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An investigation of the effects of curcumin on anxiety and depression in obese individuals: A randomized controlled trial

updated

Tags: random, nutrition, mind, self-treatment, treatment

One article on PainSci cites Esmaily 2015: Anxiety & Chronic Pain

PainSci notes on Esmaily 2015:

See Wu et al.

original abstract Abstracts here may not perfectly match originals, for a variety of technical and practical reasons. Some abstacts are truncated for my purposes here, if they are particularly long-winded and unhelpful. I occasionally add clarifying notes. And I make some minor corrections.

OBJECTIVE: To investigate the effectiveness of curcumin, a natural polyphenolic compound with antioxidant and anti-inflammatory activities, on the frequency of symptoms of anxiety and depression in obese individuals.

METHODS: In this double blind, cross-over trial, 30 obese subjects were randomized to receive either curcumin (1 g/day) or placebo for a period of 30 days. Following a wash-out interval of 2 weeks, each subject was crossed over to the alternative regimen for a further 30 days. Severity of anxiety and depression was assessed at baseline and at weeks 4, 6 and 10 of the trial using the Beck Anxiety Inventory (BAI) and Beck Depression Inventory (BDI) scales, respectively.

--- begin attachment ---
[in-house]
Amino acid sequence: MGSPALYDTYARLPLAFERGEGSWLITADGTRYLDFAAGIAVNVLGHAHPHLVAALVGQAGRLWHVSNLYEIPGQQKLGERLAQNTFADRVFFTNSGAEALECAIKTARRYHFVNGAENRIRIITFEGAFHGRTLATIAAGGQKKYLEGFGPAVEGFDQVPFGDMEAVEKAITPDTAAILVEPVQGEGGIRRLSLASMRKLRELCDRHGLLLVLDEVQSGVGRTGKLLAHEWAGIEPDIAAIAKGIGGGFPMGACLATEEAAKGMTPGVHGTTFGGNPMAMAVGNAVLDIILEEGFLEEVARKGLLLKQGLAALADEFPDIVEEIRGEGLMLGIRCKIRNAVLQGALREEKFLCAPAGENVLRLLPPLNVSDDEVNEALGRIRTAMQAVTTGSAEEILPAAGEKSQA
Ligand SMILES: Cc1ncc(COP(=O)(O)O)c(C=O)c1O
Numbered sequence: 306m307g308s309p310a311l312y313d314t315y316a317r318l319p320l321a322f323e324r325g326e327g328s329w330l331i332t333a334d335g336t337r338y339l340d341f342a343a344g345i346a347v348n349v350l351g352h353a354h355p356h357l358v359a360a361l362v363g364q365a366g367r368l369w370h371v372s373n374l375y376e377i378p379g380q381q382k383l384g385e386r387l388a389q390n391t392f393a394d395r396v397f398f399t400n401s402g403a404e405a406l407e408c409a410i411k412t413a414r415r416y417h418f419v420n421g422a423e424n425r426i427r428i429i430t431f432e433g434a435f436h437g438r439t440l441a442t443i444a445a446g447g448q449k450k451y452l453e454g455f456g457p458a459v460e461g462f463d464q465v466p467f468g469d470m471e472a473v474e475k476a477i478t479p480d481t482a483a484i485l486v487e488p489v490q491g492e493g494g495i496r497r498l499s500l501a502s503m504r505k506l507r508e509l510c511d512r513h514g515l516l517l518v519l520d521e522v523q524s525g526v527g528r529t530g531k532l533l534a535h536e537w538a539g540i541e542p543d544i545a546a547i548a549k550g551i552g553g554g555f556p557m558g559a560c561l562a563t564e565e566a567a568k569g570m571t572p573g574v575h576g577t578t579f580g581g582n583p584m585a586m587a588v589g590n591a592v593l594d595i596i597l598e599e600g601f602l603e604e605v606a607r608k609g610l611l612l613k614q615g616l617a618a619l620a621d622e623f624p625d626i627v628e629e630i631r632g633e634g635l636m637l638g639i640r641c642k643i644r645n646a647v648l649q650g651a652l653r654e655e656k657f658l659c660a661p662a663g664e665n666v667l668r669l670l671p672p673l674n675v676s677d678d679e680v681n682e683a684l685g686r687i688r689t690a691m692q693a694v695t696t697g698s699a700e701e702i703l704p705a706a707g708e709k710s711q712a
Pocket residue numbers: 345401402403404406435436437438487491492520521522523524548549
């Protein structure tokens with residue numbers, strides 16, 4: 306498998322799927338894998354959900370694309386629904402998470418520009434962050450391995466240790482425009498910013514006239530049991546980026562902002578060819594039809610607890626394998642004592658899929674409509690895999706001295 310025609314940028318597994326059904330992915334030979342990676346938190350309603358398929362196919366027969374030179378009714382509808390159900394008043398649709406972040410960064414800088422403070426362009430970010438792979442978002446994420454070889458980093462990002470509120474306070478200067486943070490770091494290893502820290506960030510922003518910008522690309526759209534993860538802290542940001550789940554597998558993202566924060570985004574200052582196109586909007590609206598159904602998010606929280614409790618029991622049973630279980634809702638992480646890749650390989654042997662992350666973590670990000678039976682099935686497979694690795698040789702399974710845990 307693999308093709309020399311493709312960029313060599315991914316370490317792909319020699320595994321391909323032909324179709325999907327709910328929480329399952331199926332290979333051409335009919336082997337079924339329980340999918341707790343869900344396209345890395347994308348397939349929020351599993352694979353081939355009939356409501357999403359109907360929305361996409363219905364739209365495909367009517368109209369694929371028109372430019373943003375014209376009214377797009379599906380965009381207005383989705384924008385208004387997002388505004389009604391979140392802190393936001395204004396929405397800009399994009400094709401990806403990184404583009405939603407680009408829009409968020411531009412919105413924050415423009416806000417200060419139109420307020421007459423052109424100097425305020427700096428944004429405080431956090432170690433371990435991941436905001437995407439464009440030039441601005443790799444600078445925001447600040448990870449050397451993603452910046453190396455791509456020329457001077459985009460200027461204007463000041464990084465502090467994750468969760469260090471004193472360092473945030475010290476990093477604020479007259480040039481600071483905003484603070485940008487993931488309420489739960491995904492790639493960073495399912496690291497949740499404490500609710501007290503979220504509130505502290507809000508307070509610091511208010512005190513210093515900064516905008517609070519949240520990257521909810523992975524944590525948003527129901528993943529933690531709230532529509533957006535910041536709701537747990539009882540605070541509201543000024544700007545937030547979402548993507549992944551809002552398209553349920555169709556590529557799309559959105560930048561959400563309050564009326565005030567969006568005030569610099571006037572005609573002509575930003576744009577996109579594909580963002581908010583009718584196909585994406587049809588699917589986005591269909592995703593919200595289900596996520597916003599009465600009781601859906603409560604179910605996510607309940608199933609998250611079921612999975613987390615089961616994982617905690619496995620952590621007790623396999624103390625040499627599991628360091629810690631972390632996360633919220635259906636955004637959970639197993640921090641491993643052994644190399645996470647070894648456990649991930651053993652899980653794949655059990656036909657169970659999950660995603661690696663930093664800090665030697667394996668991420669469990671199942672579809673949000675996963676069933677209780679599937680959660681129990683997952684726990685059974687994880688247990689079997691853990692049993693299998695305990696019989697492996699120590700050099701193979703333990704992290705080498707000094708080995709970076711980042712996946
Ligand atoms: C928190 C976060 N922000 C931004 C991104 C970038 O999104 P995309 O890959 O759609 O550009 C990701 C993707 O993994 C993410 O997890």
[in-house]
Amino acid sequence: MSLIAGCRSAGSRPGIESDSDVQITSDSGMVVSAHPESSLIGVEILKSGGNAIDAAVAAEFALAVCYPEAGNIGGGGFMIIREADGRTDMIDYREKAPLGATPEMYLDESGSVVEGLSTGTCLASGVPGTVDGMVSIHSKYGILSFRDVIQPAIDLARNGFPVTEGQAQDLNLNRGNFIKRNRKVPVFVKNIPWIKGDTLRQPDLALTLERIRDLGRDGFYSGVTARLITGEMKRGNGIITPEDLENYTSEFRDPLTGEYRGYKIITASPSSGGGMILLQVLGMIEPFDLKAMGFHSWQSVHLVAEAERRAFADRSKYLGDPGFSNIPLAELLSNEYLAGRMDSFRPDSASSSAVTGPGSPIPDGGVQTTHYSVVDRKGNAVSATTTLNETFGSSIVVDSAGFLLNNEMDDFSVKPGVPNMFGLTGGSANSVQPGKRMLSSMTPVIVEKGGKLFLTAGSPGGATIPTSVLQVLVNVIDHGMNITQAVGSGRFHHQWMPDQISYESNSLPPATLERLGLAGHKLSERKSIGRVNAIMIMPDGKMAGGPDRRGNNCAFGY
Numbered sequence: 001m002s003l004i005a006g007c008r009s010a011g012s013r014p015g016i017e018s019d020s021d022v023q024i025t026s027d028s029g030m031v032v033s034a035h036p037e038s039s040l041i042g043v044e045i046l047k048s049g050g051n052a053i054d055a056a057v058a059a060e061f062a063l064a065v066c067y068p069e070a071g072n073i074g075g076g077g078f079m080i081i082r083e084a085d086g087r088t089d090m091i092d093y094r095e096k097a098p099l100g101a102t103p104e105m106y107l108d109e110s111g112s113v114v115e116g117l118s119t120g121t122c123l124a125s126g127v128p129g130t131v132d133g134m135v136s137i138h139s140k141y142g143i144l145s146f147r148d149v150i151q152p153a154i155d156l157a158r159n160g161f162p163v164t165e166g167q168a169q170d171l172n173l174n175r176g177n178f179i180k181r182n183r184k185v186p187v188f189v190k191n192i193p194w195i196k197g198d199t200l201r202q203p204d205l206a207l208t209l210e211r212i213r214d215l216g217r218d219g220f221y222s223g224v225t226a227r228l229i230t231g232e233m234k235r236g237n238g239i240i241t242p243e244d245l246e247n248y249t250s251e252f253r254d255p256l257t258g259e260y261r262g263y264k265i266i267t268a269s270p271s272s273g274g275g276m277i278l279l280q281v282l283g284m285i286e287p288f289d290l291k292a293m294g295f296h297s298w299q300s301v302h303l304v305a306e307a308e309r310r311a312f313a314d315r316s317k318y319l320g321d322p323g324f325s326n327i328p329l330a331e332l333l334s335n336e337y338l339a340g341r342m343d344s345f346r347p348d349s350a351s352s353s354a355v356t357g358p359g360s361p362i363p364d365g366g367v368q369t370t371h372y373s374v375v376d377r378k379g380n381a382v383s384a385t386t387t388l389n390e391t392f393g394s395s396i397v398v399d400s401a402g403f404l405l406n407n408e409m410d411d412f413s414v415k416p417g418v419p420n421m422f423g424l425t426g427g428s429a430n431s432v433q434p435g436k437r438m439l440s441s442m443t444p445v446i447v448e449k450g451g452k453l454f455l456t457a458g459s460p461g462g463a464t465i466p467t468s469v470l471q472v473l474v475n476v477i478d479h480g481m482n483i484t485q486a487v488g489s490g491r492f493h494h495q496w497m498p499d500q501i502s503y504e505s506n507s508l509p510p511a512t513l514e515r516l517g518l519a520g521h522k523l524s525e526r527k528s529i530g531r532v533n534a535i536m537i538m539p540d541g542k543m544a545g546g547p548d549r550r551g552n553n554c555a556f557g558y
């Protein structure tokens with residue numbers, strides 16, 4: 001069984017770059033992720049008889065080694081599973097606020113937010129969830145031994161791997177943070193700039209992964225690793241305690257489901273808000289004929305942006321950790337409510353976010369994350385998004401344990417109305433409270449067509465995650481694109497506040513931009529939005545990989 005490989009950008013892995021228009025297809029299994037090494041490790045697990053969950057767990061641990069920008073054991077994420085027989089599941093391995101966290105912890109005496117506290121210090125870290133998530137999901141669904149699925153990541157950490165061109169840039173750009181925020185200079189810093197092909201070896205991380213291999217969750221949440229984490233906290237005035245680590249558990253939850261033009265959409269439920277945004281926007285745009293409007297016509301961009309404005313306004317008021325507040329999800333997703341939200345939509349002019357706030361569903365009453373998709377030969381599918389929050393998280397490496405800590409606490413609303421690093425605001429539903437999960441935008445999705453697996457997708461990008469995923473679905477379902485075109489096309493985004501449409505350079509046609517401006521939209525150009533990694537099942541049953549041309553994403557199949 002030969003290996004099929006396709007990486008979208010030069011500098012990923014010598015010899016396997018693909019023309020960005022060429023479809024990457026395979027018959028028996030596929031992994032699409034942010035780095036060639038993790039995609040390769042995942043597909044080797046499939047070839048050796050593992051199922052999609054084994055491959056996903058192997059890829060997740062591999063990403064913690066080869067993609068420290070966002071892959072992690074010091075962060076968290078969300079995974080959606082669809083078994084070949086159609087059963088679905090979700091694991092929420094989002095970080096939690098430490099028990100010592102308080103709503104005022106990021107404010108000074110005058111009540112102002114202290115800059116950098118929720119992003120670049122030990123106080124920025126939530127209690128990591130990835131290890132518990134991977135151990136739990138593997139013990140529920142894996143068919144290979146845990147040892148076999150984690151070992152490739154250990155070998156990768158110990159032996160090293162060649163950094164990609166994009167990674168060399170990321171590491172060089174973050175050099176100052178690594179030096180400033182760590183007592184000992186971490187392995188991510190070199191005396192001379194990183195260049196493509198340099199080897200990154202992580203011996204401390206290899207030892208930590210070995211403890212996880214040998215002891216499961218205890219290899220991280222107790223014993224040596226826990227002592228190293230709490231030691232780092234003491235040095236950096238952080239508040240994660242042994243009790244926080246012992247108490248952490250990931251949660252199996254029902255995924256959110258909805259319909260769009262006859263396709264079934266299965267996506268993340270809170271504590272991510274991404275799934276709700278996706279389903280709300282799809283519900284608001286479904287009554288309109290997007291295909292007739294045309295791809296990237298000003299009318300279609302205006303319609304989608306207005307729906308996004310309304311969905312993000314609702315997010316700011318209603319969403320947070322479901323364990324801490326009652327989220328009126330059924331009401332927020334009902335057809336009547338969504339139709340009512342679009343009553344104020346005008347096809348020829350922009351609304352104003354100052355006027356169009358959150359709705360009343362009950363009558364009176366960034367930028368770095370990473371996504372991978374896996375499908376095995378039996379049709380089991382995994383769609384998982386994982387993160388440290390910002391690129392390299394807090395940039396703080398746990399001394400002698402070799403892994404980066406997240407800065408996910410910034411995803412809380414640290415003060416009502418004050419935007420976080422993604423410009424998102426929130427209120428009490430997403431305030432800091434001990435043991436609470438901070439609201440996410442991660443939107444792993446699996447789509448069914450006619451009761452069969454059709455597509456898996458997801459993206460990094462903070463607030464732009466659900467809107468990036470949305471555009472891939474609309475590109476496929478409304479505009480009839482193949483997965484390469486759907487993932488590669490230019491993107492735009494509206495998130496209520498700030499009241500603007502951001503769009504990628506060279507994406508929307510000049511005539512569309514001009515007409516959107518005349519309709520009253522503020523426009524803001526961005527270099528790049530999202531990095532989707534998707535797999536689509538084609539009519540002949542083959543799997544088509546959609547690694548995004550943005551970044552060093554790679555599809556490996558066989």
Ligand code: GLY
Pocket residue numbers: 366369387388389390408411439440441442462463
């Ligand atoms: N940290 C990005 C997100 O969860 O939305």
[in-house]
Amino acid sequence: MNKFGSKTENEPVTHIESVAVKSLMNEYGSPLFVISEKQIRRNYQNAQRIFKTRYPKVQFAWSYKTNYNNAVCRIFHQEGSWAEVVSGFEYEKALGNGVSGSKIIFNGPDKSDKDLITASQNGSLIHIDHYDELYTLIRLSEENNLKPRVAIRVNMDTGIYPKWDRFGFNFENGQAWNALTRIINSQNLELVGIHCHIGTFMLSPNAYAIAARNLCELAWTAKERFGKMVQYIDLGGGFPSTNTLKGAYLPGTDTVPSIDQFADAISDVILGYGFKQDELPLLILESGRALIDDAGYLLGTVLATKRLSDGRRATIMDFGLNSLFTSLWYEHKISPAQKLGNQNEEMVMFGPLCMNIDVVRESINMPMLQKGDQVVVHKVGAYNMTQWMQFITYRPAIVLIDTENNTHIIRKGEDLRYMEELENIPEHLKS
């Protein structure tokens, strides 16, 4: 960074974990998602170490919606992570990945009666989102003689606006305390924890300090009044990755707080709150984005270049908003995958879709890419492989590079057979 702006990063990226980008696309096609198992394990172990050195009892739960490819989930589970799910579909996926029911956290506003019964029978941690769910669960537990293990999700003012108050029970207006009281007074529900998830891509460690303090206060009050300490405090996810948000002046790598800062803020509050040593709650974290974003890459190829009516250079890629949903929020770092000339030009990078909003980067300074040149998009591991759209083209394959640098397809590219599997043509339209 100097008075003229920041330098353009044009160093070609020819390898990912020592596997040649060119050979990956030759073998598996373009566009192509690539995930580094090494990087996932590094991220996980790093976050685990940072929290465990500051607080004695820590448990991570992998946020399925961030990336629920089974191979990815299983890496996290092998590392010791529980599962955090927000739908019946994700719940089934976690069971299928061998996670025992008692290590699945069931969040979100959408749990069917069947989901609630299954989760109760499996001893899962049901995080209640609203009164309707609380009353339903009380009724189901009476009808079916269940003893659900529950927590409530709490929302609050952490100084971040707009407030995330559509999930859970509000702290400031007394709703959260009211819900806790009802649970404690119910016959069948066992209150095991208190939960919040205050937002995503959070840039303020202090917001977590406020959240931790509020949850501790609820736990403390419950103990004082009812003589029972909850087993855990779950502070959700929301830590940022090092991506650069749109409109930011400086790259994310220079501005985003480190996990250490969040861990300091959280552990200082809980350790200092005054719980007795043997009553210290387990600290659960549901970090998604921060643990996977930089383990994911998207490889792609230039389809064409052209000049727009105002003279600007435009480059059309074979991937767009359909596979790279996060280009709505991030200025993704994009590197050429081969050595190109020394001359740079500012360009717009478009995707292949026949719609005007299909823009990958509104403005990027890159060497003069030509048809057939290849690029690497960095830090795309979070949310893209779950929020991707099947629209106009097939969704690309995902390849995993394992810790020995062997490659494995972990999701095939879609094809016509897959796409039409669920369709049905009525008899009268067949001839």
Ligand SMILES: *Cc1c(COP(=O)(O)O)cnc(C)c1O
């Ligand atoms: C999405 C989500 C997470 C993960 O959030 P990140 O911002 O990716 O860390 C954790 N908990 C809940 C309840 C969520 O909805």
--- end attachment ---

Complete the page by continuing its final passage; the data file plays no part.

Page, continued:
RESULTS: Mean BAI score was found to be significantly reduced following curcumin therapy (P=0.03). However, curcumin supplementation did not exert any significant impact on BDI scores (P=0.7).

CONCLUSION: Curcumin has a potential anti-anxiety effect in individuals with obesity.

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